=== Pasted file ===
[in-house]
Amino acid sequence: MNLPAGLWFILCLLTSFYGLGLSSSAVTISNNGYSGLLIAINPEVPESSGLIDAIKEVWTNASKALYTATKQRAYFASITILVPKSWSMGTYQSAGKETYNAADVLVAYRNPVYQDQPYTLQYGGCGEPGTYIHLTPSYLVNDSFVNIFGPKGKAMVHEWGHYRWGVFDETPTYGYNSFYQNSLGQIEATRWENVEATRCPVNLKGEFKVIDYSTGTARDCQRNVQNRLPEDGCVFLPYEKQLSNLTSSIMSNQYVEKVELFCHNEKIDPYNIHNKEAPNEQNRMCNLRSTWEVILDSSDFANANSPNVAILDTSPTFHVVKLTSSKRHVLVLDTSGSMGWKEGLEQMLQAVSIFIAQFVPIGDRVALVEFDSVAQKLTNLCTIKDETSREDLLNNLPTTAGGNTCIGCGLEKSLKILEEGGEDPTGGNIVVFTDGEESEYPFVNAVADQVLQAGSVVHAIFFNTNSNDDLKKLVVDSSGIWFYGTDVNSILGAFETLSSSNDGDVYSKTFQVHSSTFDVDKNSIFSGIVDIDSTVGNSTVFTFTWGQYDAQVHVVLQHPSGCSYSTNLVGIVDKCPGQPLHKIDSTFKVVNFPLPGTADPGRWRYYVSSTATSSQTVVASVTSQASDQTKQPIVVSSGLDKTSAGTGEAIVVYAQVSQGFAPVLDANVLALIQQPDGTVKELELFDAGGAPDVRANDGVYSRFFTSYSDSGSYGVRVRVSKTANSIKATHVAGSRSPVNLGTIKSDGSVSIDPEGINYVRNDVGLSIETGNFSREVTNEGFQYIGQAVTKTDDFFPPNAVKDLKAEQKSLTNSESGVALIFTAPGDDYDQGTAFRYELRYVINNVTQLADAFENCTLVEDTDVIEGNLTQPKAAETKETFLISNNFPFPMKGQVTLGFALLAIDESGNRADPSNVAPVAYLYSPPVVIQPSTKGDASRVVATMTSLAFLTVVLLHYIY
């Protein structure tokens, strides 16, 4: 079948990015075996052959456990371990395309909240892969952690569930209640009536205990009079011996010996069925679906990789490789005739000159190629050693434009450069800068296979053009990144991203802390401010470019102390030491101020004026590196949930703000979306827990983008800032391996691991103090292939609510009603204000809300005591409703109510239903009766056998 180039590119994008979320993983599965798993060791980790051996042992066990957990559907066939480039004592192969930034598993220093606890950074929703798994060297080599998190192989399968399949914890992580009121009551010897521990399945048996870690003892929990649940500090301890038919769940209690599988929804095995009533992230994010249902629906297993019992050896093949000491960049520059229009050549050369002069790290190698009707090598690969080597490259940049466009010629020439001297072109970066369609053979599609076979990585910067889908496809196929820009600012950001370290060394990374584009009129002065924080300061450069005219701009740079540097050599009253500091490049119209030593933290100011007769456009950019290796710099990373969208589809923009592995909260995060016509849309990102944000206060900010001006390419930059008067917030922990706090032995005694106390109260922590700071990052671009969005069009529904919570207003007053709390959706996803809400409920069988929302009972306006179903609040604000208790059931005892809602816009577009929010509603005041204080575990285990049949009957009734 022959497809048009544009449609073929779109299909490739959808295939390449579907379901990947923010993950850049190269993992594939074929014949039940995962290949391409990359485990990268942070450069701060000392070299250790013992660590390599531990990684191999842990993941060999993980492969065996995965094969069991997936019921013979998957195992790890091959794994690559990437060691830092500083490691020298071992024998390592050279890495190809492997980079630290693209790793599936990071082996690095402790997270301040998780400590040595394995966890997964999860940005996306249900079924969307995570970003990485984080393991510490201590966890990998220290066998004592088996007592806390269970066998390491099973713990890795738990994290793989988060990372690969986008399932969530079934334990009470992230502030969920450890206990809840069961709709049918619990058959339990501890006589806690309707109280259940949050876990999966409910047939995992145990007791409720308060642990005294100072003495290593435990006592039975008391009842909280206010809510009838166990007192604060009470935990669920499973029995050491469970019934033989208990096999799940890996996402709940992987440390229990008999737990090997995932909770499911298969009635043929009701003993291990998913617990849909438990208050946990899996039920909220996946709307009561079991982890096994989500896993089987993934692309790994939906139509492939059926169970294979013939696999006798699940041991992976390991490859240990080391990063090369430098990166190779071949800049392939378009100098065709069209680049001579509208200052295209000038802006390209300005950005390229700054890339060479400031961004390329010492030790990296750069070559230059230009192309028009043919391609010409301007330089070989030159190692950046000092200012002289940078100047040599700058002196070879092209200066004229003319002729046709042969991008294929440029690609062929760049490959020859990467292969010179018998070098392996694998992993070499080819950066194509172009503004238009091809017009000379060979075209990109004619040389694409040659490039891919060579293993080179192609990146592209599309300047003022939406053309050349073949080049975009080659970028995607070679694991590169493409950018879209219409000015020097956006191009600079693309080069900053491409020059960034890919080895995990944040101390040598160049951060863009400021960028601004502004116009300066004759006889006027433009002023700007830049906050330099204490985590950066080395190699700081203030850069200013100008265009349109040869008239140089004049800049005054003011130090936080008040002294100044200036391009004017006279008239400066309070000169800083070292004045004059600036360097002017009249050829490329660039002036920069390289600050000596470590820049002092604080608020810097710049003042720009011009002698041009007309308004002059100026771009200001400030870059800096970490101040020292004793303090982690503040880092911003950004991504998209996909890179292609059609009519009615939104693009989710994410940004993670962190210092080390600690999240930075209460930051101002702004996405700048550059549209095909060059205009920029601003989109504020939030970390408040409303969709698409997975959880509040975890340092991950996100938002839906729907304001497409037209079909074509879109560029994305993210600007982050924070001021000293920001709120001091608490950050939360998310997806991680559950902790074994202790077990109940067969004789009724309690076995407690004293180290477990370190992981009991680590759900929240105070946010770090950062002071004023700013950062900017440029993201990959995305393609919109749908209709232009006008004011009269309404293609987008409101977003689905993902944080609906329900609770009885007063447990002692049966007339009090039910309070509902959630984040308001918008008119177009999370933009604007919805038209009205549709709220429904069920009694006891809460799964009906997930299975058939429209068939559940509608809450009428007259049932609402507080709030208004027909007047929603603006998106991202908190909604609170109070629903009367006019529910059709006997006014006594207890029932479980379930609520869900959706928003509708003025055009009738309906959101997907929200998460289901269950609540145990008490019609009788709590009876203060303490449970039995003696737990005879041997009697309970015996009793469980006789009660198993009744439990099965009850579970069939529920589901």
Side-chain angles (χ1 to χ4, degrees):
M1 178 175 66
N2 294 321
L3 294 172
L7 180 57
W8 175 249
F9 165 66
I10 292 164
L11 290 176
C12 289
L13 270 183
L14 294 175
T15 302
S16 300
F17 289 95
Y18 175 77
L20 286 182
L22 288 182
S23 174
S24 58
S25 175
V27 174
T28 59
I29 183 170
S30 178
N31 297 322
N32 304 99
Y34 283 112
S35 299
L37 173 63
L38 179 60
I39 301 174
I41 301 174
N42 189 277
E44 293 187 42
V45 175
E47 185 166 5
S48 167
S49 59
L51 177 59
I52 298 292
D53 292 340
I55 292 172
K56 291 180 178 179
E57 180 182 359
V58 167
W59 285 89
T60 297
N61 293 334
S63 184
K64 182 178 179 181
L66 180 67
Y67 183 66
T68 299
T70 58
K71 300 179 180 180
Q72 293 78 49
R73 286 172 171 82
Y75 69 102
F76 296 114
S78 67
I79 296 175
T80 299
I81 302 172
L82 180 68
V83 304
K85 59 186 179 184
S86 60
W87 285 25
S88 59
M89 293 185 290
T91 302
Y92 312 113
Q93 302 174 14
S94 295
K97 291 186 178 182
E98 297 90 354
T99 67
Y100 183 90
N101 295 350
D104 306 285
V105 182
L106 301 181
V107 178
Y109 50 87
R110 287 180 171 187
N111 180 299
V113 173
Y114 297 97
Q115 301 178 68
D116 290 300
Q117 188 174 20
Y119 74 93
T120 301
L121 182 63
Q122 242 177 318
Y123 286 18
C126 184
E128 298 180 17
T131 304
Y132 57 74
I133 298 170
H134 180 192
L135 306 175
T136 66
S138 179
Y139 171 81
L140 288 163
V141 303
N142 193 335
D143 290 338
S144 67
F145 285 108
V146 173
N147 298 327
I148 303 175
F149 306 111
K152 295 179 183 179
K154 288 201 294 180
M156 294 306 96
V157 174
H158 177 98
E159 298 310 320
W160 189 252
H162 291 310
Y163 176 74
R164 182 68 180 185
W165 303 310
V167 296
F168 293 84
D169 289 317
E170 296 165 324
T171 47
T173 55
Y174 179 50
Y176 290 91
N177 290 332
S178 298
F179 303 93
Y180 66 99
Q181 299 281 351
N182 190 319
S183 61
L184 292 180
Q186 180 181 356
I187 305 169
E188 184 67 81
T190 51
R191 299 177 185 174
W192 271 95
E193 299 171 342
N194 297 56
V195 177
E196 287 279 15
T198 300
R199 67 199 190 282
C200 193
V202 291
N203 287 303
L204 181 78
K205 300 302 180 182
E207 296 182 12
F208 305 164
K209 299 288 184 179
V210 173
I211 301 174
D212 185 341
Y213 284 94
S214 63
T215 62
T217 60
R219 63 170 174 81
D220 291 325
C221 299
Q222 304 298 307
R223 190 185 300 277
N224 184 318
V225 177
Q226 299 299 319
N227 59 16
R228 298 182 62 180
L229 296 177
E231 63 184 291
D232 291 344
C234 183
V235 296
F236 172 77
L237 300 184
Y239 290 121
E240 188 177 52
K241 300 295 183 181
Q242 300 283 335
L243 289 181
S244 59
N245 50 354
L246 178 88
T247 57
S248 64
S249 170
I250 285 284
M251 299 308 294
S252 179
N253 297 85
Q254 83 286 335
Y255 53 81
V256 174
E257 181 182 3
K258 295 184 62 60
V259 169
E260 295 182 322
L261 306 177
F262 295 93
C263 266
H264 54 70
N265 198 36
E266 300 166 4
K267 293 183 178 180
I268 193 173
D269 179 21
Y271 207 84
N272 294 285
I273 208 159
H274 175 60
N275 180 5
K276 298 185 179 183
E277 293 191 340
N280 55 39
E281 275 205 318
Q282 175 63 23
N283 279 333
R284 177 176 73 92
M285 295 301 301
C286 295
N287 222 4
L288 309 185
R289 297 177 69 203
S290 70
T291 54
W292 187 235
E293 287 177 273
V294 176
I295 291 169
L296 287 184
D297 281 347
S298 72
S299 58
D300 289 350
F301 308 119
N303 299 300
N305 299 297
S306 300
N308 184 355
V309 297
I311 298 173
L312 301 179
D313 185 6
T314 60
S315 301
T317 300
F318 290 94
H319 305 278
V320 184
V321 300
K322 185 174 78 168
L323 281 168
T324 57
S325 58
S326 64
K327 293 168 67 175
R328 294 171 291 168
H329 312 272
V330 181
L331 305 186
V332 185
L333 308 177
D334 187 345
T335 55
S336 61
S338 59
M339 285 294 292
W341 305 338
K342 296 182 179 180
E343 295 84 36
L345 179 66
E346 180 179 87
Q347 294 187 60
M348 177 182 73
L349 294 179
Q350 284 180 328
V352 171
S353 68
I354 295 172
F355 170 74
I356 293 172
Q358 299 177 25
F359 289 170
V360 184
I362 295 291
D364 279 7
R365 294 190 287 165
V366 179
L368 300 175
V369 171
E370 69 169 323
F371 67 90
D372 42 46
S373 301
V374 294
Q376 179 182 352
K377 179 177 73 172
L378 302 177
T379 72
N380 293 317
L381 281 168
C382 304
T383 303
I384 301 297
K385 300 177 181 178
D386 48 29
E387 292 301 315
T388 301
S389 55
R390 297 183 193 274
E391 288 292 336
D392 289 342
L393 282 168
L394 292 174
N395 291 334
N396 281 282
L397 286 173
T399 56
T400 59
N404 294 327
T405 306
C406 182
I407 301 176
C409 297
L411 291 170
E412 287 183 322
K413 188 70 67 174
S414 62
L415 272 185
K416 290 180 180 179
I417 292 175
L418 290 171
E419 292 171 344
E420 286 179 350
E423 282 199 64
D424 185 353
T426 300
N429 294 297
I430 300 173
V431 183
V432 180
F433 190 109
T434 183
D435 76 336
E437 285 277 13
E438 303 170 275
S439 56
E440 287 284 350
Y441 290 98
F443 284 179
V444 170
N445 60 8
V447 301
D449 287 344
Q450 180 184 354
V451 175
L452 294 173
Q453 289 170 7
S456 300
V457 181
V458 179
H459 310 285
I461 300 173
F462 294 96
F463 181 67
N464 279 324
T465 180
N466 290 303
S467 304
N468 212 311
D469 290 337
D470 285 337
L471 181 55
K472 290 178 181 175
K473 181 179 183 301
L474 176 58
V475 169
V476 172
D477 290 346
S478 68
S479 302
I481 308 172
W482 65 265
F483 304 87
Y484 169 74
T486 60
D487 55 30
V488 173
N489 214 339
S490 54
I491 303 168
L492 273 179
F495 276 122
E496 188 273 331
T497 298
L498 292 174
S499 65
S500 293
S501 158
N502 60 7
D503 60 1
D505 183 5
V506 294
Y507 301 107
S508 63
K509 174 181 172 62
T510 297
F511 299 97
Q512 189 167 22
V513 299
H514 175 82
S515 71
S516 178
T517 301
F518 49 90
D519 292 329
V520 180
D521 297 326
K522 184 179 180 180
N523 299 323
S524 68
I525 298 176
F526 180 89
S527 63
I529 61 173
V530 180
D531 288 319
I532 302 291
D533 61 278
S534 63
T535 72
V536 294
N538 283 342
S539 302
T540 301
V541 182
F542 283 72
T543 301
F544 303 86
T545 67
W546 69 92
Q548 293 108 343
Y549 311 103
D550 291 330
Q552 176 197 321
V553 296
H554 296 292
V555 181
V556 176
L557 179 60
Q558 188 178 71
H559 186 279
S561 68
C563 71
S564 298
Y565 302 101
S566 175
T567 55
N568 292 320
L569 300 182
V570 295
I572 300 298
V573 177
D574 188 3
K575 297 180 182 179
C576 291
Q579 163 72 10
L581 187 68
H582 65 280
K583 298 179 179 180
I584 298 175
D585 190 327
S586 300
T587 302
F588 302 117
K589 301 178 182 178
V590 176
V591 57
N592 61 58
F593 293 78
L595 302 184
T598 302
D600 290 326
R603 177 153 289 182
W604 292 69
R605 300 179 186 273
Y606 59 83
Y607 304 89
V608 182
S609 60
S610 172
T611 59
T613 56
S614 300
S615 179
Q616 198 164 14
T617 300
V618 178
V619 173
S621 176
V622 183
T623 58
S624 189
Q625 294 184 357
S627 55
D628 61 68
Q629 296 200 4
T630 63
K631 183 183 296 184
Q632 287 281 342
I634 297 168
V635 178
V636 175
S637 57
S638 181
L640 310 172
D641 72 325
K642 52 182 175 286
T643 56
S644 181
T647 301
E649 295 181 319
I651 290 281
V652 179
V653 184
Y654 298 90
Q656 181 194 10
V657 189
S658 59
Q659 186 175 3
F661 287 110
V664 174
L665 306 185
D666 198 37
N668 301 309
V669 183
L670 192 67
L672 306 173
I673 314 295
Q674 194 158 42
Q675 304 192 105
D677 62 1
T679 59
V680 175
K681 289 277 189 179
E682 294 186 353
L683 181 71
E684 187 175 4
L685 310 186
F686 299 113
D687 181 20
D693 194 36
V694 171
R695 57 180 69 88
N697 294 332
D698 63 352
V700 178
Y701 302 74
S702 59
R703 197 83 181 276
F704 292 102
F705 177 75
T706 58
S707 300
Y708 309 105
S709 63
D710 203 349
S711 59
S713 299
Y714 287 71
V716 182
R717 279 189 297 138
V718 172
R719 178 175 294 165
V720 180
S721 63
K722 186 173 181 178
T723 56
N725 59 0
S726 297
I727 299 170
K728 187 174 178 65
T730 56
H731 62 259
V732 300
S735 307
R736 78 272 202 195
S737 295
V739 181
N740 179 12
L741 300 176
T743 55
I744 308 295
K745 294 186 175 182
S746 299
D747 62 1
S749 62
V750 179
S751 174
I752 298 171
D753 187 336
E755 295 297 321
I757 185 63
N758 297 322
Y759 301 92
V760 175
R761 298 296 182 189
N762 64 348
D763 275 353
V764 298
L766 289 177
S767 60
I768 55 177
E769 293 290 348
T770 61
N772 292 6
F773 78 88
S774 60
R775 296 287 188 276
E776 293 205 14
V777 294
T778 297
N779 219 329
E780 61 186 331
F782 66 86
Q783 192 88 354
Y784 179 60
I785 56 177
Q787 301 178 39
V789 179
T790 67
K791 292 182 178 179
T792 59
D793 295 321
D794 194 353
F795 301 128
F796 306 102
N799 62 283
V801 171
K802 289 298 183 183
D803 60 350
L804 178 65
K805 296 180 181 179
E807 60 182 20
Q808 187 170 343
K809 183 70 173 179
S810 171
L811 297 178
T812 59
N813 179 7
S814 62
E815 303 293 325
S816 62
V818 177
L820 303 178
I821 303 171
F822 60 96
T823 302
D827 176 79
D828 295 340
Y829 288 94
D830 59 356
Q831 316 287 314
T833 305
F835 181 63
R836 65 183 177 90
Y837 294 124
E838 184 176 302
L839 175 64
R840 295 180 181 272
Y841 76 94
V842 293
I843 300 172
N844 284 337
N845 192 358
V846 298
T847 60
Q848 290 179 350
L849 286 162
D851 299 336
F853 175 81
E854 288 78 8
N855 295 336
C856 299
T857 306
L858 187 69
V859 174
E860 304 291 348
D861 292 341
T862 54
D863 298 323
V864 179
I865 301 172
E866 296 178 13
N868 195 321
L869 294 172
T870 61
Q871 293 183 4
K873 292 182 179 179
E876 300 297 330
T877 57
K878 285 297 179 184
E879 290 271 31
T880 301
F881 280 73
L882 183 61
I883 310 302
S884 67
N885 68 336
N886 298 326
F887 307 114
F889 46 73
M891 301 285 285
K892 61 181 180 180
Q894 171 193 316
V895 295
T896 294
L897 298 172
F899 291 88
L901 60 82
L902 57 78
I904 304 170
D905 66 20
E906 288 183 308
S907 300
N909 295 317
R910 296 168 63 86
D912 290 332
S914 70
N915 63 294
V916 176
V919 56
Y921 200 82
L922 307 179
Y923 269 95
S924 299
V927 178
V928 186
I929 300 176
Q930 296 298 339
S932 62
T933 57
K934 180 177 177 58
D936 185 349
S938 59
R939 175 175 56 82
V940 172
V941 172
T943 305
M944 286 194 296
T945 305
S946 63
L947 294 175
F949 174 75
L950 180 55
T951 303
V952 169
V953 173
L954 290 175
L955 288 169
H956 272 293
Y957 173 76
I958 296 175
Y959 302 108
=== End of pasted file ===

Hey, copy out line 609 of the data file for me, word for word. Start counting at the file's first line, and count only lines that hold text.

I744 308 295